How exercise can help sciatica

Sciatica usually improves on its own over time, and some exercise can help speed healing. The important thing is not to overdo it. Listen to your body. It will let you know when you are doing too much.

A 2012 study found that four in five people with sciatica who stayed active could treat sciatica without surgery. The trick is to add the activity slowly and slow it down when symptoms return, a technique known as symptom-driven exercise.

Gentle activities and gentle stretching can help loosen up the lower back and leg muscles. For example, a walk or a leisurely bike ride, followed by gentle stretches.

Strengthening the core muscles is also crucial in treating sciatica. But slowly here too. Overworking abs can cause sciatica symptoms to flare up.

Stretching is another critical component in a sciatica training plan. However, an incorrect extension can cause further problems. The sciatic nerve runs along the hamstring and overstretching the muscle can further irritate the nerve.


Exercise – if done correctly – can help relieve sciatica. Research shows that a technique known as symptom-based training is effective in treating sciatica. This means listening to your body and stopping when you feel like symptoms are returning.

Exercises for sciatica

The most important thing about exercise and sciatica is not to overdo it. If the sciatic nerve is already irritated, it doesn’t take much to trigger symptoms.

If you have difficulty doing any of the following, contact your doctor. A physical therapist can create an exercise program that is tailored to your specific needs.

Aerobic activity with low exposure

Low-impact aerobic activity increases blood flow and helps loosen stiff muscles. Start your warm-up with 10 to 15 minutes of low-impact aerobic activities, such as:

Your lower back, legs, or hips may feel stiff or a little sore when you first warm up. This is normal and the muscles should relax after a few minutes. If it doesn’t, or if you are in pain, stop.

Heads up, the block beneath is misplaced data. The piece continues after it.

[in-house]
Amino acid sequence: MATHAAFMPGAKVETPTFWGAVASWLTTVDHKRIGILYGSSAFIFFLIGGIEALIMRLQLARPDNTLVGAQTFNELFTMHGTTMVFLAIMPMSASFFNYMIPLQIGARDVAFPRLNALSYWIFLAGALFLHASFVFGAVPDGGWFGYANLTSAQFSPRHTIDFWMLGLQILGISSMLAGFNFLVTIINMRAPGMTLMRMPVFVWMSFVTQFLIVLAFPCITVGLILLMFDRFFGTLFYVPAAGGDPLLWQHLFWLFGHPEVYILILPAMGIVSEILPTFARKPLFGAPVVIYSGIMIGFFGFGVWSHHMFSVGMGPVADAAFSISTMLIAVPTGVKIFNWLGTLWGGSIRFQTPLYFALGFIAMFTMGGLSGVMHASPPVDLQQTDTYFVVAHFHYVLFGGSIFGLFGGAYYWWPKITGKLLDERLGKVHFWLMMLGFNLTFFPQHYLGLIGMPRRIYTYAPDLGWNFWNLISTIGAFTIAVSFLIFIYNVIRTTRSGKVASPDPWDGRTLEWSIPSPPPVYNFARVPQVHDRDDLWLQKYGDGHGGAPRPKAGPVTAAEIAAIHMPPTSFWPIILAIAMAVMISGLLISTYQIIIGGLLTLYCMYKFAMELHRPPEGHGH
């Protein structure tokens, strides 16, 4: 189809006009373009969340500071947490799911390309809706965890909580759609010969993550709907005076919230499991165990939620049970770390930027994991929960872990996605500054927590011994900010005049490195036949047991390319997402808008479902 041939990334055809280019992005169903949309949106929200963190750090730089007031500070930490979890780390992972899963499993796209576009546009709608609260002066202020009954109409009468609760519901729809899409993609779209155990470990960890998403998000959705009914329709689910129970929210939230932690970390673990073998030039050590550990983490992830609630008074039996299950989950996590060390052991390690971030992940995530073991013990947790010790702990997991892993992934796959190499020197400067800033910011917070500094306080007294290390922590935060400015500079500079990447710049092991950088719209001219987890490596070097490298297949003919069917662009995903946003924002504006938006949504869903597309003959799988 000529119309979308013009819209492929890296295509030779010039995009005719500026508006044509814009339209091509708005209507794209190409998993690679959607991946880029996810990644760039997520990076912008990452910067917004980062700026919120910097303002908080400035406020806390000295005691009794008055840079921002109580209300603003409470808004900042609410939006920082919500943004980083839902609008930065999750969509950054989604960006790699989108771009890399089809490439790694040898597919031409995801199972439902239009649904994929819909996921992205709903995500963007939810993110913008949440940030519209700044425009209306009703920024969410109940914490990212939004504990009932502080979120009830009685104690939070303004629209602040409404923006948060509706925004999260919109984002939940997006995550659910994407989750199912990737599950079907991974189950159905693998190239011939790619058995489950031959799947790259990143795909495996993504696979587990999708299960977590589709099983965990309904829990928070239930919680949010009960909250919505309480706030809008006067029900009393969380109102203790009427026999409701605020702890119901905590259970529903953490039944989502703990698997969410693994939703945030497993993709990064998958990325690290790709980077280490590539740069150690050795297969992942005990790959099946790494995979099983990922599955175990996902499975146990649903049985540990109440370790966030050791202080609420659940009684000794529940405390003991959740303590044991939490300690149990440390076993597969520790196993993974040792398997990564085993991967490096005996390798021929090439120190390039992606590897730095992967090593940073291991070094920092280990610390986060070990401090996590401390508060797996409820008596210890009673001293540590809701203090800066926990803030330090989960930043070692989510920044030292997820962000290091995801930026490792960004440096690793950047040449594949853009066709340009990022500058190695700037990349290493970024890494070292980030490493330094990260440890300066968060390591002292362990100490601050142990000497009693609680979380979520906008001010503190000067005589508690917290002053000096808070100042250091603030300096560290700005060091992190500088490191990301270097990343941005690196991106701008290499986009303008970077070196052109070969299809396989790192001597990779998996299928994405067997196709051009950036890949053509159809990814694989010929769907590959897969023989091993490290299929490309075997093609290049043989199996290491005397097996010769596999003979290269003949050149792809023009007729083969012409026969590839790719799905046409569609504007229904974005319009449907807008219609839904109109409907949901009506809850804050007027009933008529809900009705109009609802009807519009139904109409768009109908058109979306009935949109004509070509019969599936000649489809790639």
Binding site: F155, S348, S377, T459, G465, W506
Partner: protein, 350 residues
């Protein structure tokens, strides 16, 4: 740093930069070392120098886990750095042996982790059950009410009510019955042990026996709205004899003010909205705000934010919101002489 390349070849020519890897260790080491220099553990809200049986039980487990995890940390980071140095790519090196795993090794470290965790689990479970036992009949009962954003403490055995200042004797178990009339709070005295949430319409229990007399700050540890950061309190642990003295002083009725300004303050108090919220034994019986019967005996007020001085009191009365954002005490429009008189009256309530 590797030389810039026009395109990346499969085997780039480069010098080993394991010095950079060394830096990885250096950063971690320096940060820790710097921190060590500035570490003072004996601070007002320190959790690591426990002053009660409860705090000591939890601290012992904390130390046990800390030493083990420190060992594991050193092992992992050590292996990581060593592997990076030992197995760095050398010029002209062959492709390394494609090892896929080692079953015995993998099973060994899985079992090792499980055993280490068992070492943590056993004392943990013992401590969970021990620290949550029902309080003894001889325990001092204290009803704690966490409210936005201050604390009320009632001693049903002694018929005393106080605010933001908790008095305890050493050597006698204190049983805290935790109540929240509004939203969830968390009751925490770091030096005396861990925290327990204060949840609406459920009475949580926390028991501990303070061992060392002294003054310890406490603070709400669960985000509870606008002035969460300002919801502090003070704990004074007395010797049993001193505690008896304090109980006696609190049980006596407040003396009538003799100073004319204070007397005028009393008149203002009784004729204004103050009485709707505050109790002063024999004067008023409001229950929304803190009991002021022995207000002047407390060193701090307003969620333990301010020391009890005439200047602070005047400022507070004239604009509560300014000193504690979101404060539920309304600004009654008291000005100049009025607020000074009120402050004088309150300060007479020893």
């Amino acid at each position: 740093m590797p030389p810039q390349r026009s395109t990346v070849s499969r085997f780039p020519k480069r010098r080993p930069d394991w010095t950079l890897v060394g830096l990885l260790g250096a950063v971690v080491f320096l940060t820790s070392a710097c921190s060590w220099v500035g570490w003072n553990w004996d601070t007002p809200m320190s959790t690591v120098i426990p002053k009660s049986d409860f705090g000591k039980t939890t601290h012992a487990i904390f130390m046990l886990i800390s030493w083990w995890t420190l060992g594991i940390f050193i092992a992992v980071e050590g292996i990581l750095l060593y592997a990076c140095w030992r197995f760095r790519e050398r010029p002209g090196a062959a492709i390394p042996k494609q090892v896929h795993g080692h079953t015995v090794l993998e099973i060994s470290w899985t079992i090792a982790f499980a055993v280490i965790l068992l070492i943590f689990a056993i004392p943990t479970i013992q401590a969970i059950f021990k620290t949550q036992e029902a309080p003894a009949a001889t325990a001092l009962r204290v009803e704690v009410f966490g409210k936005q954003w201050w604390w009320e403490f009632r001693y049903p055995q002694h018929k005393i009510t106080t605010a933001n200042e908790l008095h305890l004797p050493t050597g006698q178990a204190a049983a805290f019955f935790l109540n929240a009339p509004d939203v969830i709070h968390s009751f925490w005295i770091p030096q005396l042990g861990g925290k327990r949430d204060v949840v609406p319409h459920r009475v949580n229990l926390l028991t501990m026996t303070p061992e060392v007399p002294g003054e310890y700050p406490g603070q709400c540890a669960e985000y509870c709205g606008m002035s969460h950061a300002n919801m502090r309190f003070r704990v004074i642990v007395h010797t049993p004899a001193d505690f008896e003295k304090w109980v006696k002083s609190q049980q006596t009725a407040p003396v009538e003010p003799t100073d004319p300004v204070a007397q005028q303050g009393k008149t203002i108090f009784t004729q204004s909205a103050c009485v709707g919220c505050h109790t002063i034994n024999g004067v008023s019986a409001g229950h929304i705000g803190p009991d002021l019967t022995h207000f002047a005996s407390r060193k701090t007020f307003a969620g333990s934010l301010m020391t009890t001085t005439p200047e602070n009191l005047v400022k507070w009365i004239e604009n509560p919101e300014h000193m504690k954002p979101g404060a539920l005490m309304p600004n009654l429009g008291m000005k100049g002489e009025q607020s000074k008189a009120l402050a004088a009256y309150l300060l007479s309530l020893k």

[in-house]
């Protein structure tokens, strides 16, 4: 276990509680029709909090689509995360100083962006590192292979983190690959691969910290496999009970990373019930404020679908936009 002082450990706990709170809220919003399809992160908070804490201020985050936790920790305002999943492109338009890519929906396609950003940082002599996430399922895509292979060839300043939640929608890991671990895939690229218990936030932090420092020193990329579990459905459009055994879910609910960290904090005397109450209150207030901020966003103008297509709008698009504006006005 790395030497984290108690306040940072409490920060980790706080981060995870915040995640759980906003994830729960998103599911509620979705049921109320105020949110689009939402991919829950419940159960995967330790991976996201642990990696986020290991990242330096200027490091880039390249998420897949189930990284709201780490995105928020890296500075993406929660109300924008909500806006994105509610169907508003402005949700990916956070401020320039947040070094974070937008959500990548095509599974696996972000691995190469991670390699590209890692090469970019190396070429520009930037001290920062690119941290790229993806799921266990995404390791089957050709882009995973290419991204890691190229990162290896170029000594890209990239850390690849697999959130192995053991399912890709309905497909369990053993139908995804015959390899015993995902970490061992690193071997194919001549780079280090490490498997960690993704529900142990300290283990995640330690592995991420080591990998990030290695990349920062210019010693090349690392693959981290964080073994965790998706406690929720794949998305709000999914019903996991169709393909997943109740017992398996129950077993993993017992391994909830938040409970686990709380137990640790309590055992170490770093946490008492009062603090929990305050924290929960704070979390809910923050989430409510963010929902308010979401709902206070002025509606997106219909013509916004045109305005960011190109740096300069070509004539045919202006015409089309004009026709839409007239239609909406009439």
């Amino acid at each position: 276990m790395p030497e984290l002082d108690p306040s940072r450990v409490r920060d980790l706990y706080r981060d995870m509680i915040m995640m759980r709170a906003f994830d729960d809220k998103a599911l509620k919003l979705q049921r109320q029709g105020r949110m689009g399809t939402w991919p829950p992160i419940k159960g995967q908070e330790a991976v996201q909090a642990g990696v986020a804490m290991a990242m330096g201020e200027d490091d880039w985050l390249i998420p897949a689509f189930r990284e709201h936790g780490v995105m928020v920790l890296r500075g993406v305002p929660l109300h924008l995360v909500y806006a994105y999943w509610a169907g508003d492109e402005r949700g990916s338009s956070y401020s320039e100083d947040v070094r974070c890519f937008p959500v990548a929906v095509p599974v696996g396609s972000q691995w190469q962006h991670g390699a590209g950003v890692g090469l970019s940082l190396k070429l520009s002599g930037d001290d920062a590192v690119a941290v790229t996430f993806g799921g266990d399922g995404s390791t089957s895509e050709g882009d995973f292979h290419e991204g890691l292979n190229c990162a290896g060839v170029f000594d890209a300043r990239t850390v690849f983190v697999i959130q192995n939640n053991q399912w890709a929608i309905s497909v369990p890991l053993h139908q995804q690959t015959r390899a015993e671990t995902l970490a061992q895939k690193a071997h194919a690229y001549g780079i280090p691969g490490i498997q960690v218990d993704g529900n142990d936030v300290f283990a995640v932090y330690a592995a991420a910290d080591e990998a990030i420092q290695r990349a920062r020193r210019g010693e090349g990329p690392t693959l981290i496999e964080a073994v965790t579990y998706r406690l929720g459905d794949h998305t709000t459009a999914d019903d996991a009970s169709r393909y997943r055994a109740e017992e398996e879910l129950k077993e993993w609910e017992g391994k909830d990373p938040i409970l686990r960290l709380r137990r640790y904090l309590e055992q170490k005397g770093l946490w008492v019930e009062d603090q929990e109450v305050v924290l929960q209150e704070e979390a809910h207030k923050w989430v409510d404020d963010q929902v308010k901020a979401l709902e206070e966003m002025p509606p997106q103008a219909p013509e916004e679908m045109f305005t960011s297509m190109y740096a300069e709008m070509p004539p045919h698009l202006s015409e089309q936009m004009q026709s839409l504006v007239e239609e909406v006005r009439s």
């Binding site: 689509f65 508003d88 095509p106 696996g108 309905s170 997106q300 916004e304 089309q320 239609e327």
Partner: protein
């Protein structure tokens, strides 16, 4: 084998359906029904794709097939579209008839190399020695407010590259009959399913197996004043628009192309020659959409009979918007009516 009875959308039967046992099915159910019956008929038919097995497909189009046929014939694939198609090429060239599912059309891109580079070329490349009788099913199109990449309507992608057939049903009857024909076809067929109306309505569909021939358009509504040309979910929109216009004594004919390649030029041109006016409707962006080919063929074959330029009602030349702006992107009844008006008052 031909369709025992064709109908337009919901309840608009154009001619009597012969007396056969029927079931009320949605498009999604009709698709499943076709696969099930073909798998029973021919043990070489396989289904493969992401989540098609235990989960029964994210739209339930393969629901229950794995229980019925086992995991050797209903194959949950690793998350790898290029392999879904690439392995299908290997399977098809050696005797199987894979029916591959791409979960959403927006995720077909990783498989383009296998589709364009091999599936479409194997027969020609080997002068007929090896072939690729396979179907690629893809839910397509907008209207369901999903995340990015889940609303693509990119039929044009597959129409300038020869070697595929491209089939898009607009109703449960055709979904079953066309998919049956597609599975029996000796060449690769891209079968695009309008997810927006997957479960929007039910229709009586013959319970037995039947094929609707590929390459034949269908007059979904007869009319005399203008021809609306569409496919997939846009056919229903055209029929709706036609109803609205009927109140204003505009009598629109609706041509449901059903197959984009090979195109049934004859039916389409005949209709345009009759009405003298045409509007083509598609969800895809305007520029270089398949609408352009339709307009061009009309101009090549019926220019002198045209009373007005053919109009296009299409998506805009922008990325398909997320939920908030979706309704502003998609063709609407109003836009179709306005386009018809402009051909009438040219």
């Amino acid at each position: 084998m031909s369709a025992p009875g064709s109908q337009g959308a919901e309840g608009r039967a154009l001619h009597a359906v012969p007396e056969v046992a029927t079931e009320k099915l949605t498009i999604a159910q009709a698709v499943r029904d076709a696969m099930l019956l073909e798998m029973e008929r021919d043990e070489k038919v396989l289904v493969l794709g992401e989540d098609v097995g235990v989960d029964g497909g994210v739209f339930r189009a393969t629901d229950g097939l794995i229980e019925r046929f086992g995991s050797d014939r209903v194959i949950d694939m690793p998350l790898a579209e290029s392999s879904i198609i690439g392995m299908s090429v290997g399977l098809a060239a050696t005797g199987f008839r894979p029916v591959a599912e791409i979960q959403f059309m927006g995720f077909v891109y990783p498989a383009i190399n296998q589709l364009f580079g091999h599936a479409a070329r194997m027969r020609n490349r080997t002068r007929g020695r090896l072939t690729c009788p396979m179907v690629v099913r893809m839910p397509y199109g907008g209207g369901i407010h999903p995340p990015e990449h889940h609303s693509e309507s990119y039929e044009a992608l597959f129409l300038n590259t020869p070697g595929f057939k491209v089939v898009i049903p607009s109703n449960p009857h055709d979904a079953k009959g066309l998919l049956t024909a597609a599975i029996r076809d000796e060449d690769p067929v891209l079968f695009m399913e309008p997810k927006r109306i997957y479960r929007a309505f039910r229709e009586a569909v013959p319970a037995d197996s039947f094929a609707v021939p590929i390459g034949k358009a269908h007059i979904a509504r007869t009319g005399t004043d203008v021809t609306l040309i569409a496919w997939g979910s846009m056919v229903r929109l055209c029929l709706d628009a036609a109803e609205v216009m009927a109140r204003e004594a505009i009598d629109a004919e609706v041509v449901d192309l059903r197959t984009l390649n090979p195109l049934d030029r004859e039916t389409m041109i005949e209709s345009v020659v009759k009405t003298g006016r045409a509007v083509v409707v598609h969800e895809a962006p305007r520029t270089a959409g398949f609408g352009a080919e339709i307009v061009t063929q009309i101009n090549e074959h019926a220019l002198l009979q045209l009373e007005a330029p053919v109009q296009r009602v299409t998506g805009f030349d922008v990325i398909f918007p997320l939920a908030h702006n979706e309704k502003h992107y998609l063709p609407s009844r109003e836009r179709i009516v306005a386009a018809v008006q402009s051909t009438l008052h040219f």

You should do some light aerobic activity at least five times a week and slowly increase the time. As long as you are not in pain, you can do this exercise every day.

Strengthening exercises

After the warm up, focus on exercises that strengthen the core muscles. Start slowly and stop when you feel pain. Some activities to start with are:

  1. Pelvic slope
  2. bridge
  3. Modified plank

Once you can do these exercises with ease, you can try more advanced core muscles. When symptoms return, reduce the intensity of the movements.

Strengthening exercises should only be done three to four times a week on alternating days.


Gently stretching the hamstrings and lower back can relieve sciatica, but don’t overdo it. Overstretching the muscles around the sciatic nerve can have the opposite effect.

To properly stretch yourself for sciatica, follow these tips:

  • Always warm up with light aerobic exercise before stretching.
  • Avoid stretches that bend forward or twist your torso.
  • Do not force a stretch. If you feel resistance, decrease the stretch.
  • If you feel pain doing a certain stretch, stop doing it.
  • Never stretch cold muscles. If you can’t do any warm-up exercises, apply moist heat for 15 to 20 minutes.
  • Relax the muscle that you want to stretch. When you feel the muscle tighten, stop, relax the muscle, and try again.
  • Support the stretch with your arms, a towel, a scarf, or a strap.

Stretches that help some people with sciatica include:

  1. Single knee-to-chest stretch
  2. Double knee-to-chest stretch
  3. Piriformis expands
  4. Stretching the hamstring in the supine position


An exercise routine for treating sciatica includes gentle aerobics, core strengthening exercises, and gentle stretching. Start slowly and gradually work your way up to a more intense workout. If symptoms recur, reduce the intensity and get back to basics.


Exercise can both help and harm sciatica. Certain movements, too much activity, or incorrect exercises can make sciatica worse.

Sciatica symptoms – pain, numbness, and tingling sensations that start in the lower back and radiate into the leg – are caused by a compressed sciatic nerve. Some exercises relieve the compression, others increase it.

If you have sciatica, here are some things to avoid:

  • Contact sport
  • High-impact aerobic activities such as jogging, running, or horse riding
  • Movements that bend or twist at the waist
  • Movements that lift both feet off the ground
  • Weightlifting

Exercises that help relieve sciatica include low-impact aerobic activities like walking, core strengthening exercises, and gentle stretching. Make sure you are in the right form when exercising.

Start slowly and work your way up to more strenuous exercises. Do not exaggerate. If you are in pain or symptoms reappear, listen to your body and stop or slow down.

Physiotherapy can teach you to adopt the correct posture and activate your core. Most health insurances cover physiotherapy, but the requirements vary. Call your insurance company to see if you need a referral from your doctor or pre-approval.